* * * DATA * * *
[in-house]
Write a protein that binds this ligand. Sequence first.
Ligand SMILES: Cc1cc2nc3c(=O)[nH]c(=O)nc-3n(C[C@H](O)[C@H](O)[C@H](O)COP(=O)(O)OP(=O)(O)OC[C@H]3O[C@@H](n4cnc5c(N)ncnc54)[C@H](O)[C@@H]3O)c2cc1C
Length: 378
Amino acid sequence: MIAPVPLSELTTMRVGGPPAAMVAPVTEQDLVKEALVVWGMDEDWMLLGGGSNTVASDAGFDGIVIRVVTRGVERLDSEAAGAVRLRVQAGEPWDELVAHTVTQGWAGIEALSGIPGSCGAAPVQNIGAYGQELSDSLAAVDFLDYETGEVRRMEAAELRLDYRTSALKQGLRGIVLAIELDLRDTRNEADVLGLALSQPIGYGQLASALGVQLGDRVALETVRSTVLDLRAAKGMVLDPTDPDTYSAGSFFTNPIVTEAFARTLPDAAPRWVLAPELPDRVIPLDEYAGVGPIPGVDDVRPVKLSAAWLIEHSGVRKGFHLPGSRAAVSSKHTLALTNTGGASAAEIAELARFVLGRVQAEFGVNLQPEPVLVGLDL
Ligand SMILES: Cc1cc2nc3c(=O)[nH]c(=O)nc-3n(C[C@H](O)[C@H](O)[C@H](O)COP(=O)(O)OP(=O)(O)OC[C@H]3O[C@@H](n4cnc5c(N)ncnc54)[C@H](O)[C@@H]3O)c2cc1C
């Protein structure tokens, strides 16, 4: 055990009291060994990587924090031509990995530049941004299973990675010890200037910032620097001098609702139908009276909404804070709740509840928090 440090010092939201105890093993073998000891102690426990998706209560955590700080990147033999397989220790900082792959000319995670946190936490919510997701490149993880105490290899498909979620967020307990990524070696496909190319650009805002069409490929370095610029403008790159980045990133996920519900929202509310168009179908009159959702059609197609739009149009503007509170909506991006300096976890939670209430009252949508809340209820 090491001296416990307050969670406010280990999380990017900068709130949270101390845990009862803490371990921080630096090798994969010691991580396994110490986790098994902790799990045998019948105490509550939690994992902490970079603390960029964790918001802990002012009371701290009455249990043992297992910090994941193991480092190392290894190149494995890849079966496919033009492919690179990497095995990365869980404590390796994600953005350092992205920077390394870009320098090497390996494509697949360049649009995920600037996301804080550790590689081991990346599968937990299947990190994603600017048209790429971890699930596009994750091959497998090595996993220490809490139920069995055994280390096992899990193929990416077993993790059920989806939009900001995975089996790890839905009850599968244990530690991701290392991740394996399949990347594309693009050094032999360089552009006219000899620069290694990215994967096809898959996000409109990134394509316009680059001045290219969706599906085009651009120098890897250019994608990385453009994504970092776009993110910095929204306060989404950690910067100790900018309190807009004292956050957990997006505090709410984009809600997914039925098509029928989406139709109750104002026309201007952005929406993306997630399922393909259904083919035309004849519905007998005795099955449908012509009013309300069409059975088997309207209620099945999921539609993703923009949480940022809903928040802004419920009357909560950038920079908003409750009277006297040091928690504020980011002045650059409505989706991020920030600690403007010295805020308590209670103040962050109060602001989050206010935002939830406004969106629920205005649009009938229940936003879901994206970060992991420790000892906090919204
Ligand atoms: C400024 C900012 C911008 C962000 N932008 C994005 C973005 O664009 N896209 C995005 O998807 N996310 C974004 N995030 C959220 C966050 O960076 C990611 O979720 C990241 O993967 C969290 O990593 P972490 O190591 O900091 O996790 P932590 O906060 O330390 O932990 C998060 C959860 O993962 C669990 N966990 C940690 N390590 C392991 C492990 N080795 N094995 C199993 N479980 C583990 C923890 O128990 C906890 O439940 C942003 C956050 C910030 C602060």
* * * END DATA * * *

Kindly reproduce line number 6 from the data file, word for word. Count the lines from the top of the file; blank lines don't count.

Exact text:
Ligand SMILES: Cc1cc2nc3c(=O)[nH]c(=O)nc-3n(C[C@H](O)[C@H](O)[C@H](O)COP(=O)(O)OP(=O)(O)OC[C@H]3O[C@@H](n4cnc5c(N)ncnc54)[C@H](O)[C@@H]3O)c2cc1C